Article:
Needs of People With Learning Disabilities

Heller, Gibbons, and Fisher (2015) focus on the contribution that caregivers can make to the progress of people with learning disabilities (LD), as well as aging people. Therefore, testing the cross-platform tool can be viewed as the primary objective of the research.

The research was conducted with the help of scoping interviews among the target audience that the authors defined as baby-boomer generation representatives. According to the study outcomes, the programs that focused on incorporating both financial support and the assistance of family members were the most successful in addressing the needs of people with LD, both age-related and inherent ones.

The study conducted by Heller et. al (2015) can be deemed as of rather high value as it sheds light on the importance of enhancing the role of family members, at the same time indicating that the latter need the guidance of professional nurses so that the intervention could be successful. In other words, it sets the stage for the design of a new and improved comprehensive program.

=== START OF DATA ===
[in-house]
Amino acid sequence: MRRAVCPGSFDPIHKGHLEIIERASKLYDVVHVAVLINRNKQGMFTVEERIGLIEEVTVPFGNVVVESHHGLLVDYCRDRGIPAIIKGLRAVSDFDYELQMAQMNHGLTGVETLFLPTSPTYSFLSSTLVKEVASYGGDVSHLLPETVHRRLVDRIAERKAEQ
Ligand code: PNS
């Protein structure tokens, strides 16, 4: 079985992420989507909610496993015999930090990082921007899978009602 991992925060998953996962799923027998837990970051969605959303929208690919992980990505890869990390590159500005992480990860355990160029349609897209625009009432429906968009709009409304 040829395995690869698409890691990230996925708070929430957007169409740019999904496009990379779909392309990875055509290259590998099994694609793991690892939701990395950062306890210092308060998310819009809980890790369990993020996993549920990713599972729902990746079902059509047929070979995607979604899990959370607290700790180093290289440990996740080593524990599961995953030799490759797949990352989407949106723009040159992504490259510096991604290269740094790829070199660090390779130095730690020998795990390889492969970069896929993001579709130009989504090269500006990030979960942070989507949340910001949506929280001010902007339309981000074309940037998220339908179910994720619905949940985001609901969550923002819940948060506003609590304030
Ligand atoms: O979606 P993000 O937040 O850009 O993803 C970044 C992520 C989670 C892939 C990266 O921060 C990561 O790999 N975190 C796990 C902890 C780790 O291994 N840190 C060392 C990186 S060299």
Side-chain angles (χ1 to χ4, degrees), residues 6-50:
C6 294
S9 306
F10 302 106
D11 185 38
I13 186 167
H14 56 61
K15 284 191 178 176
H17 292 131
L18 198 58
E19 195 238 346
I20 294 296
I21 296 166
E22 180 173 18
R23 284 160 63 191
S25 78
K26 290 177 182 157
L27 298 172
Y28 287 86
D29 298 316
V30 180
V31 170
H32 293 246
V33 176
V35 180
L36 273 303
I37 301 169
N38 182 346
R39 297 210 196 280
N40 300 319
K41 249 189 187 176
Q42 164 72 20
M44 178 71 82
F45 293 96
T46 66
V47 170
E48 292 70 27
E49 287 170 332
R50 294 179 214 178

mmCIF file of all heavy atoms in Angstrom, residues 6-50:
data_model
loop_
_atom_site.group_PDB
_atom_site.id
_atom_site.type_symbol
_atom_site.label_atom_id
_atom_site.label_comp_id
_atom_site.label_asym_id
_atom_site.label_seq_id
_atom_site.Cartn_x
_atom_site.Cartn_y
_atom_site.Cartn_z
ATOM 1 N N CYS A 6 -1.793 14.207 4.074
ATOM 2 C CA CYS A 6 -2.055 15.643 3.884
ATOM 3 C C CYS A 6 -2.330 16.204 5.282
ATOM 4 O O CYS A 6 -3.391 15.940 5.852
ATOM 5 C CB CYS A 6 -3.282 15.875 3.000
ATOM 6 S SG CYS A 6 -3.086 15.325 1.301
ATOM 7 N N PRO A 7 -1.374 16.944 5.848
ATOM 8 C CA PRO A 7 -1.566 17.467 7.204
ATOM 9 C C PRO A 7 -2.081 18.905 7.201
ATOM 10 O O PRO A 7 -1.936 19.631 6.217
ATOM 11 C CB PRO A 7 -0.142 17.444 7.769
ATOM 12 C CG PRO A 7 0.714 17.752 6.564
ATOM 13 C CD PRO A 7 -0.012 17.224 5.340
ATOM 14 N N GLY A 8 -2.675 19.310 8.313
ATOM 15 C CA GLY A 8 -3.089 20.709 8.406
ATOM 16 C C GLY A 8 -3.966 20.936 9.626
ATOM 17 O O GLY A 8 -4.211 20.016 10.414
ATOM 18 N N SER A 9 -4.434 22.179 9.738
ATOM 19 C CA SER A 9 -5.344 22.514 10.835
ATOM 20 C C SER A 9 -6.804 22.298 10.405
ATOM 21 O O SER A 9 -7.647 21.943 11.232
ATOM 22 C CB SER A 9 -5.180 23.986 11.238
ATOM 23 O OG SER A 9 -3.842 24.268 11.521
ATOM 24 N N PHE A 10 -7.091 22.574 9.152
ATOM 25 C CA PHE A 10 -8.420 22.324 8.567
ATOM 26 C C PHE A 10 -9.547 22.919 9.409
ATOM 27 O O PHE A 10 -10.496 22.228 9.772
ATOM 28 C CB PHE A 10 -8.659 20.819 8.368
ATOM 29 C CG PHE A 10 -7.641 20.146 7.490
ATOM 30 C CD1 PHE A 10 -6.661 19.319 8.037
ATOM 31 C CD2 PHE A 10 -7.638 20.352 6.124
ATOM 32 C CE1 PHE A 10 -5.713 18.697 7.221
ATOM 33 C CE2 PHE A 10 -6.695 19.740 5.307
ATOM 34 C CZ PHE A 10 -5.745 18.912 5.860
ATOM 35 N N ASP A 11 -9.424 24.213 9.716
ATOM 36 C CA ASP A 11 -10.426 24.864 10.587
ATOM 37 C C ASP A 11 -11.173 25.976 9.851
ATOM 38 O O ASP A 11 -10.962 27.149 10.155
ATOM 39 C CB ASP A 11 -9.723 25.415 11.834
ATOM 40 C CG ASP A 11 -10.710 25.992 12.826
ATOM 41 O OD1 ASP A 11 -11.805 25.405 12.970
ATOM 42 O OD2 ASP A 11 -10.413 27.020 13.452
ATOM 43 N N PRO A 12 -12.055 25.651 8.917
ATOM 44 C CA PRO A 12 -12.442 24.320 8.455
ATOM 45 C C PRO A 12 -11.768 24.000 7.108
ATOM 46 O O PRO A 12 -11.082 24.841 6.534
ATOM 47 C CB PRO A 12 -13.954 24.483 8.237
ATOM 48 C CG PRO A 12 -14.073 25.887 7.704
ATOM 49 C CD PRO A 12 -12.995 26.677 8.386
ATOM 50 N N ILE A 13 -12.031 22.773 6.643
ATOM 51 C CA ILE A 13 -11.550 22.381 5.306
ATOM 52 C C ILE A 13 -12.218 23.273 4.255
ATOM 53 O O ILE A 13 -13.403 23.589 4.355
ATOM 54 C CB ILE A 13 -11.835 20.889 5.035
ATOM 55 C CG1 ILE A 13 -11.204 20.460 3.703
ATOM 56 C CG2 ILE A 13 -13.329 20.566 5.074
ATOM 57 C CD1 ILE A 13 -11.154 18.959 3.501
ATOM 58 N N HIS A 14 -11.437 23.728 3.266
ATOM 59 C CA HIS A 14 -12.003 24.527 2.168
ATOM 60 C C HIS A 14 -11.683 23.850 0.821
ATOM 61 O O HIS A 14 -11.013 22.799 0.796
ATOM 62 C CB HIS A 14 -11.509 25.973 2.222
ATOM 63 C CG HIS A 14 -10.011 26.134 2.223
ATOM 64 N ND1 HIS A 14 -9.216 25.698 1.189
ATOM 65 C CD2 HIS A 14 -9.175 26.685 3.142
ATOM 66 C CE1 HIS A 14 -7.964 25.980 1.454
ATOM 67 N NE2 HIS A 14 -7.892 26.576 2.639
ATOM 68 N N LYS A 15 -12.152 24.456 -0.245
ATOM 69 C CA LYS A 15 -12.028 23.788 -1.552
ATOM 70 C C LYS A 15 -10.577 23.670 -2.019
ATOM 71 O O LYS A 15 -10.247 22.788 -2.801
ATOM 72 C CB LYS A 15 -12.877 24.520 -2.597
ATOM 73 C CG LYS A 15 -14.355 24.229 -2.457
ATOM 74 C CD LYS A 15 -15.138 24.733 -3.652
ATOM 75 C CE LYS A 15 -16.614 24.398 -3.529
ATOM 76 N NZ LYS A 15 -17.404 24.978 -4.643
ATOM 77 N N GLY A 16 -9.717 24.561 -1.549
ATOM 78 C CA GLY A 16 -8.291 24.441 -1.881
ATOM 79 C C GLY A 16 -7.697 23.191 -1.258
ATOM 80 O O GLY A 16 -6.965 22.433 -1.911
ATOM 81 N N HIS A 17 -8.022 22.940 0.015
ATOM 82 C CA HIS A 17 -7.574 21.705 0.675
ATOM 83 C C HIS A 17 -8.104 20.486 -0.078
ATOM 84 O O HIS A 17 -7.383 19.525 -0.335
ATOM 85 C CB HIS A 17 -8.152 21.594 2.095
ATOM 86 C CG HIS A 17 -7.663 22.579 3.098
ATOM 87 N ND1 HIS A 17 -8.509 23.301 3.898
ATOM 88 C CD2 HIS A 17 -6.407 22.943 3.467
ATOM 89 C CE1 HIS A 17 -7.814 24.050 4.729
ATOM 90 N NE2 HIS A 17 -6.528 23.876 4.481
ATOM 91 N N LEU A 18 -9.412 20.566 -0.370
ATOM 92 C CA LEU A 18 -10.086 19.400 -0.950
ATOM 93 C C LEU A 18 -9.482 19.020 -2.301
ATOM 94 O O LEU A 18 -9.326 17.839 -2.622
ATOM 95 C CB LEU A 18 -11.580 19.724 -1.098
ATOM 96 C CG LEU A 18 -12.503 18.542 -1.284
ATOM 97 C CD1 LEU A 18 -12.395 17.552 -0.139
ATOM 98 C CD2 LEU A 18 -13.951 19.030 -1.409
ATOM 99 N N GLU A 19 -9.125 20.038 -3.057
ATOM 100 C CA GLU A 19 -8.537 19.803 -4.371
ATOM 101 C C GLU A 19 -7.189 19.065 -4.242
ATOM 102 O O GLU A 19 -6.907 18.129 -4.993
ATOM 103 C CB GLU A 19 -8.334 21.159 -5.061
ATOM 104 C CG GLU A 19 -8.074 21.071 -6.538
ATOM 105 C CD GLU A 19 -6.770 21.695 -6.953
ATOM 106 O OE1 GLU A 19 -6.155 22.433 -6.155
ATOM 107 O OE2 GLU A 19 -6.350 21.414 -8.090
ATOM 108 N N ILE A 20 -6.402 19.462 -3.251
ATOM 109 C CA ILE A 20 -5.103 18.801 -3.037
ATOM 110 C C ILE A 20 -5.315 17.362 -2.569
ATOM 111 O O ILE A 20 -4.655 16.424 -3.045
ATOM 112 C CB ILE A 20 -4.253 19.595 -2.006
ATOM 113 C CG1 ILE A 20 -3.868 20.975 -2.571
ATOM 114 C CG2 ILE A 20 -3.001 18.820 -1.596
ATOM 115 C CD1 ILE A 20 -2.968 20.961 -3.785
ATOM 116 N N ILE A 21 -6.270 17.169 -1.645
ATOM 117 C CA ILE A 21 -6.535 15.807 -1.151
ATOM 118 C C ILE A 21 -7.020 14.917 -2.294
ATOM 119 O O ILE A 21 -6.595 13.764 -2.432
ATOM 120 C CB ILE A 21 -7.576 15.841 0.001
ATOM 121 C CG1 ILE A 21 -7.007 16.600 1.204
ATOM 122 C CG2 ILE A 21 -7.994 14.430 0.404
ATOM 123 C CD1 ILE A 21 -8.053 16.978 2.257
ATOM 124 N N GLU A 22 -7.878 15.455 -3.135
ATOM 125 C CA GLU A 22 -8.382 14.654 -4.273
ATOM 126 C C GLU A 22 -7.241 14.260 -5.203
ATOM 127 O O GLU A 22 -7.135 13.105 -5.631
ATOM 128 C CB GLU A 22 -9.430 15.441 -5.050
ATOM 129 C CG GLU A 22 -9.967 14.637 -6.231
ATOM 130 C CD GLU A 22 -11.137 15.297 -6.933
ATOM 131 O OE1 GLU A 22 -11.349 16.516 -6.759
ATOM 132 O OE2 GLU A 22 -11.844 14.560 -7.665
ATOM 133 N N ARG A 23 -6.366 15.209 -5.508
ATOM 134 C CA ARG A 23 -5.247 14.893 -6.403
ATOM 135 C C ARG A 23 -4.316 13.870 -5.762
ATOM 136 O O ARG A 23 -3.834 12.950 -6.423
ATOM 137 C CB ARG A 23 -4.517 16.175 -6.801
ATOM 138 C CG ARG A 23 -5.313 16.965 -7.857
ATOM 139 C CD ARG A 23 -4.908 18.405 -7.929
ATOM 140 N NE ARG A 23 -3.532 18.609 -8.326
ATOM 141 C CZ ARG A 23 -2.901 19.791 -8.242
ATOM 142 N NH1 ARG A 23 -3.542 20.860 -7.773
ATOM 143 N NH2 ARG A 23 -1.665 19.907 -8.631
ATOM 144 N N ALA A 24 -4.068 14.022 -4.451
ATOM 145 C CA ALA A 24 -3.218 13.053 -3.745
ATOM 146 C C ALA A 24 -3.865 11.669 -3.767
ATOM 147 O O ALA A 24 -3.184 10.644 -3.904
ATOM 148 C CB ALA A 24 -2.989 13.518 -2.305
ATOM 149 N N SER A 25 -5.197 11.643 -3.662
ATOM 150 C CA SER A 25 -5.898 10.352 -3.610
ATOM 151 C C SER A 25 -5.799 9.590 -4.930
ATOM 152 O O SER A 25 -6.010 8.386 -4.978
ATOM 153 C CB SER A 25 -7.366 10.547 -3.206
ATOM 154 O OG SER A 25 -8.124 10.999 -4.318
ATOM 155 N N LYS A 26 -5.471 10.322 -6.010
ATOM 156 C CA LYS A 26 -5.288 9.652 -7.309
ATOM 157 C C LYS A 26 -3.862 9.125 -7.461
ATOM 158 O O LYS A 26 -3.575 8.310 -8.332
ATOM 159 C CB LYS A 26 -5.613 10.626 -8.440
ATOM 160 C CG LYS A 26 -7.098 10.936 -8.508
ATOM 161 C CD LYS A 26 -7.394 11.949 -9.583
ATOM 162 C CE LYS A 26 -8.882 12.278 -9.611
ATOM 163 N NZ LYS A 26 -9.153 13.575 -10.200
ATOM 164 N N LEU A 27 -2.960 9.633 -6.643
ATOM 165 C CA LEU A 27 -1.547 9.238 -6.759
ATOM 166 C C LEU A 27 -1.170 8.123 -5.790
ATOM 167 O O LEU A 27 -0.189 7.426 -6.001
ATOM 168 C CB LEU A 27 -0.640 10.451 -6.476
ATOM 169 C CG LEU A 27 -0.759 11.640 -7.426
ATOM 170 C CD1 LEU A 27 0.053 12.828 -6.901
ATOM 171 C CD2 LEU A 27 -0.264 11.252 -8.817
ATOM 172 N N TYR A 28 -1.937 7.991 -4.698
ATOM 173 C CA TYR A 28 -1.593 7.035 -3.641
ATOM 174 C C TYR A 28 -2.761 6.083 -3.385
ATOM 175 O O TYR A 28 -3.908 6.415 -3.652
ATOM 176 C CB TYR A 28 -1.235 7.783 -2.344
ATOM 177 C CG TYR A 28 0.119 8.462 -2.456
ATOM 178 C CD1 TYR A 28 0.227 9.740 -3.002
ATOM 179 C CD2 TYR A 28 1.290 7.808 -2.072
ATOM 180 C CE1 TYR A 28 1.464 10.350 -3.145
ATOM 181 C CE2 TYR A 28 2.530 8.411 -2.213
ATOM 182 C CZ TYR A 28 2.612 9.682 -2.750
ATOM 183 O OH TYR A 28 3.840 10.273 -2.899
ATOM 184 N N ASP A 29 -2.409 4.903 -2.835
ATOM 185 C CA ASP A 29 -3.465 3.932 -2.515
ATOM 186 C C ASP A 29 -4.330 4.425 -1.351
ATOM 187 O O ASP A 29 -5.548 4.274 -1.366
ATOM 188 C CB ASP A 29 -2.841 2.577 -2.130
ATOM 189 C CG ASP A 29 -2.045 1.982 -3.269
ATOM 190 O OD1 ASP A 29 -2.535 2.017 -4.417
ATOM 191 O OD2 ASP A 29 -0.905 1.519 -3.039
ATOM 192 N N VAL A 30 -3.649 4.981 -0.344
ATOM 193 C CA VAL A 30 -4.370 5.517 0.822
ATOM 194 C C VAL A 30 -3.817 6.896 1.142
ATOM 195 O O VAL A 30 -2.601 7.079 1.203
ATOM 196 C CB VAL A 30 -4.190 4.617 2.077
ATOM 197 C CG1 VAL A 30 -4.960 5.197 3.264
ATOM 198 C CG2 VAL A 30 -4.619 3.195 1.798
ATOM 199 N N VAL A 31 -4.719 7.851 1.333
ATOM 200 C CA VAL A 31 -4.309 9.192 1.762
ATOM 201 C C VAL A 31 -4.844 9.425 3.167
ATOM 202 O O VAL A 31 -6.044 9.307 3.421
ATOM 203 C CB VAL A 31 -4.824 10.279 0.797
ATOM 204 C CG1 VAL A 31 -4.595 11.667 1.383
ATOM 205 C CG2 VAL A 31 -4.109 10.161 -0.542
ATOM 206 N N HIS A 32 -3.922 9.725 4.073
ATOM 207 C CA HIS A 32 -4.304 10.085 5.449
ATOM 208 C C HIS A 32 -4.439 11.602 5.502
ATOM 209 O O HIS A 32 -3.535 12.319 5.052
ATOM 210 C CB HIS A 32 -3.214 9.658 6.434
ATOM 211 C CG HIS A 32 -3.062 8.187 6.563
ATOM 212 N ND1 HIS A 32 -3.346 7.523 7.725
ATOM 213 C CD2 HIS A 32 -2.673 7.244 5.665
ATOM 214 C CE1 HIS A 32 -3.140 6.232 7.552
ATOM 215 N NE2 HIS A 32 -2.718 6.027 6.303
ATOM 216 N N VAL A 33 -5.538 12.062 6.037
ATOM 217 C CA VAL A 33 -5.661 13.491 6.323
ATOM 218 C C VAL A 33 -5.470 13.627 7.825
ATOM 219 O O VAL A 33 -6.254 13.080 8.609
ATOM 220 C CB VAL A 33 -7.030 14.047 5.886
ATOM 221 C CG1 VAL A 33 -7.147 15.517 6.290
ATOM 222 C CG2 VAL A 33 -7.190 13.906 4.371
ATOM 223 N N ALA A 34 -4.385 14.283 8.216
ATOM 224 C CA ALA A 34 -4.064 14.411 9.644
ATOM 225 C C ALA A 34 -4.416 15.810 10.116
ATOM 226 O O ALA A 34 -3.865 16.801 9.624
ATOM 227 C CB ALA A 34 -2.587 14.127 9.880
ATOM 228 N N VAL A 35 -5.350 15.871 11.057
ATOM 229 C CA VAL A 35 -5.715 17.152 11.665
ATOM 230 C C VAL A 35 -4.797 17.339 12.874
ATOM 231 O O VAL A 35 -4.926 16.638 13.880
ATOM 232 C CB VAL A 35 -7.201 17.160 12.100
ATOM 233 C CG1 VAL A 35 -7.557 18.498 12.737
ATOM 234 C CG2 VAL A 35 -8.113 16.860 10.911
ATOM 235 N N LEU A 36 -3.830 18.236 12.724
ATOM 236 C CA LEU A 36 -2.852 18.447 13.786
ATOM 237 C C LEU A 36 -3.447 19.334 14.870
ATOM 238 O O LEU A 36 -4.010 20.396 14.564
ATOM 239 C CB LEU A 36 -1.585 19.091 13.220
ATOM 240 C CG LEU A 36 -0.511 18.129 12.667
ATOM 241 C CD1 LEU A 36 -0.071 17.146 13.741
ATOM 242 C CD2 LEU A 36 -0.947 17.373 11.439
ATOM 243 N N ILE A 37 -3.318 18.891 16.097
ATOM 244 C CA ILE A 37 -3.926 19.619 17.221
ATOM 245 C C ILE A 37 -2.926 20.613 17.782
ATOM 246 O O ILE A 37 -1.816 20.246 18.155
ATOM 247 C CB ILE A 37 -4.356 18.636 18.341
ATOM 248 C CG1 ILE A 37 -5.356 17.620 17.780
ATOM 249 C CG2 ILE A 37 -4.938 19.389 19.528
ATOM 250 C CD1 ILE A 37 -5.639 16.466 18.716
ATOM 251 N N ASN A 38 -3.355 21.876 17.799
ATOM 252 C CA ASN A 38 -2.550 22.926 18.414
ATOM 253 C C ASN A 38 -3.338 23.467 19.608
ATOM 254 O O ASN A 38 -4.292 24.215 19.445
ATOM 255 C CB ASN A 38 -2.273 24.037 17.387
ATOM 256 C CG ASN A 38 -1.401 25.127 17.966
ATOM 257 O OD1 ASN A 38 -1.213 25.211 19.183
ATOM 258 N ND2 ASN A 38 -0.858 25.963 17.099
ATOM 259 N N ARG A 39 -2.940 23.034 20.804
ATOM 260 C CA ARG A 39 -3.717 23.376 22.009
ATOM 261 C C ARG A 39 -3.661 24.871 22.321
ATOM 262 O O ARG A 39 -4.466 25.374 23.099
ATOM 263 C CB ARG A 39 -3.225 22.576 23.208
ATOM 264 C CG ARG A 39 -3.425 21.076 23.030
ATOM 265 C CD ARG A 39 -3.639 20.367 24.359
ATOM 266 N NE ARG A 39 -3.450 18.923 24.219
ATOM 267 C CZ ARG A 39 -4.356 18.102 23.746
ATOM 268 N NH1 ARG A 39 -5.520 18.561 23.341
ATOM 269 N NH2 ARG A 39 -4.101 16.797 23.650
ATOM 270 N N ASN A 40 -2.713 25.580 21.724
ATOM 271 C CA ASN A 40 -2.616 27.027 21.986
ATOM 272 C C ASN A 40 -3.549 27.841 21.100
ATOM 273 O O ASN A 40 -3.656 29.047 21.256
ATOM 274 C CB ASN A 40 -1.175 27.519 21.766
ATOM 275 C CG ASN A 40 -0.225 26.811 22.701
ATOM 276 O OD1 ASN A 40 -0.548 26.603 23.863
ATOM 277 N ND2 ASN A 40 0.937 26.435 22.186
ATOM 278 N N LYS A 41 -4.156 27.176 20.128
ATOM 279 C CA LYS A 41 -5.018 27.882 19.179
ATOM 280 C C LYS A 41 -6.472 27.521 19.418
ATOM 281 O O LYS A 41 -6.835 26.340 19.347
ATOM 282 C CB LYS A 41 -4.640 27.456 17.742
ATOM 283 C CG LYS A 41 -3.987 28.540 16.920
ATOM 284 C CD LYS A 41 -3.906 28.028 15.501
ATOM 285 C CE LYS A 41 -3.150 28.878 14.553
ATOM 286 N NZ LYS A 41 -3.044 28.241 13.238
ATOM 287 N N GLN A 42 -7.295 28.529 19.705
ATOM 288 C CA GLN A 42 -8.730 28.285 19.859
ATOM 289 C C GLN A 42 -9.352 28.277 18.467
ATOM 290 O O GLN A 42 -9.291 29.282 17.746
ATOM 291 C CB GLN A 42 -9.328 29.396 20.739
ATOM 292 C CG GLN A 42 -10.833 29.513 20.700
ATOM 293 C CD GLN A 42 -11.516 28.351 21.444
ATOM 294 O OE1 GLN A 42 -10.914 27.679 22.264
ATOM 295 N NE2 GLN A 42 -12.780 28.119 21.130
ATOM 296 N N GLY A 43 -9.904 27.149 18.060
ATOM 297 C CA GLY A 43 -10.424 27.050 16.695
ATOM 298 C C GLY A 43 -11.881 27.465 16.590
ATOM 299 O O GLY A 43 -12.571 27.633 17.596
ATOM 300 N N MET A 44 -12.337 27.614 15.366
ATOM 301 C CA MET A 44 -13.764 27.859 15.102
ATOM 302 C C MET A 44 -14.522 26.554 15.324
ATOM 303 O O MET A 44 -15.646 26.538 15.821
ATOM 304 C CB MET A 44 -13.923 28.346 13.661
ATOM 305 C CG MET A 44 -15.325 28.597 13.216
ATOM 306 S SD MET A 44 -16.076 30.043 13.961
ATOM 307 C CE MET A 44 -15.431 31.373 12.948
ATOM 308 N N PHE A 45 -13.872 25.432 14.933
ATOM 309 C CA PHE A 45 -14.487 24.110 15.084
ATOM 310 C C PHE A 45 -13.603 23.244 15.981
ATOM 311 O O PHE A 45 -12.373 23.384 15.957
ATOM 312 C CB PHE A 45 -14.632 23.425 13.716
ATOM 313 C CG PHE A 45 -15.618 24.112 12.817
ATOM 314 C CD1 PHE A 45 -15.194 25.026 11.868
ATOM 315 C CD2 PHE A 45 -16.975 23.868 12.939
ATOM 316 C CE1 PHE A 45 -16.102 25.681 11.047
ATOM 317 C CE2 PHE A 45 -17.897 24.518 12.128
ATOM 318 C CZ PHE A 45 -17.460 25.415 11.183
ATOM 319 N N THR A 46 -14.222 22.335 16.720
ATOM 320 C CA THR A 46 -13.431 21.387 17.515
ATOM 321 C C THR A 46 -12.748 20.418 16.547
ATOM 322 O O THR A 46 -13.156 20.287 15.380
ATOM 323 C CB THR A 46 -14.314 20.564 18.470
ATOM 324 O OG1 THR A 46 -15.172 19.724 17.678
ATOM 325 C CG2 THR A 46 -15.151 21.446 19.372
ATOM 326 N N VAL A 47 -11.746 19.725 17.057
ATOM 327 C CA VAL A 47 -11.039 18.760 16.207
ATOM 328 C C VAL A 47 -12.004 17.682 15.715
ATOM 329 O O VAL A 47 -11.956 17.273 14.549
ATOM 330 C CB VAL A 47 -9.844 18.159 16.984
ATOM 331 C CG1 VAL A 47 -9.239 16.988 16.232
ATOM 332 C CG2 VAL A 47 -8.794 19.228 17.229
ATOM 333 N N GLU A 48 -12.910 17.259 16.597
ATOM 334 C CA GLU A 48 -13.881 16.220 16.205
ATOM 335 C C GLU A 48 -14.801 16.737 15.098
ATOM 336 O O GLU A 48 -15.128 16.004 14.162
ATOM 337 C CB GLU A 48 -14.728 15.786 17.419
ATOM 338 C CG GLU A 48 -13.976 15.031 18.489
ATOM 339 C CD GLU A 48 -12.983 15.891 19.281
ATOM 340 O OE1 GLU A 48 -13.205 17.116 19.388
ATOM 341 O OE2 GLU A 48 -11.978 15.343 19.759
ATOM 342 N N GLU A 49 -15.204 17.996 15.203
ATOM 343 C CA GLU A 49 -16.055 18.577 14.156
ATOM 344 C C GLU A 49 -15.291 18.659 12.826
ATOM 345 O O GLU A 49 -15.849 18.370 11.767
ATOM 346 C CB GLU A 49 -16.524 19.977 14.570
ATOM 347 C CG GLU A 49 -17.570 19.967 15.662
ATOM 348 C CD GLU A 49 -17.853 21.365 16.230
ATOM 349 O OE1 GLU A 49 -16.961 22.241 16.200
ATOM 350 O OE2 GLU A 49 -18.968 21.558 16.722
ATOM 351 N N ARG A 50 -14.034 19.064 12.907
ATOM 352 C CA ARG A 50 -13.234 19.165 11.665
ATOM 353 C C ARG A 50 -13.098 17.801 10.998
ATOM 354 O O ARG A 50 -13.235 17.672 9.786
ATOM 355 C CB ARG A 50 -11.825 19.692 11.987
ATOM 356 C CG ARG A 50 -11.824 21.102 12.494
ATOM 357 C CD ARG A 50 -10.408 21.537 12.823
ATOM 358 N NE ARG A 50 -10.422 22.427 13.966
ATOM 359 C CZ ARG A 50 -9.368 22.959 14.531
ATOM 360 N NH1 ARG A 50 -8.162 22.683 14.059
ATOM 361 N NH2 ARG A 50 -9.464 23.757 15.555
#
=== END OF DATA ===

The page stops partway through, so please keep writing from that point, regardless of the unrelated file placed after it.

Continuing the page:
Among the problems of the research, the fact that the authors did not conduct a full systematic review needs to be brought up. Nevertheless, the paper can be viewed as very helpful since it points to the areas that will have to be addressed during the next program. Serving as the foundation for building a cohesive strategy for meeting the needs of people with disabilities, the paper is very helpful.

Castell and Kroesse (2016) address the issue of tending to the needs of the people with LD from a rather narrow perspective. The scholars consider the ways, in which pregnant women with the identified disorder can be assisted.

The data was collected with the help of semi-structured interviews among the target audience. As far as the analysis of the research data is concerned, Interpretive Phenomenological Analysis (IPA) was used as the key tool. The authors used a qualitative design since there was no need to quantify the relationships between the variables.

The significance of the research results cannot possibly be doubted. Castell and Kroesse (2016) have created the framework that will help address the needs of women with LD so that the issue of information provision and the awareness rates among women with LD could be resolved successfully.

It could be argued, though, that the experience of nine midwives is not enough to create the program that will help meet the needs of every woman with LD. Nevertheless, the study can be considered an important addition to the overall understanding of the specifics of working with people with LD. Therefore, it should be used as one of the sources of general information for the analysis.

Jahagirdar, Kroll, Ritchie, and Wyke (2012) shed light on the effects that patient-reported outcome methods (PROM) have on the quality improvement of healthcare services for patients with LD. Particularly, the accessibility of PROM to the target members of the population is tested.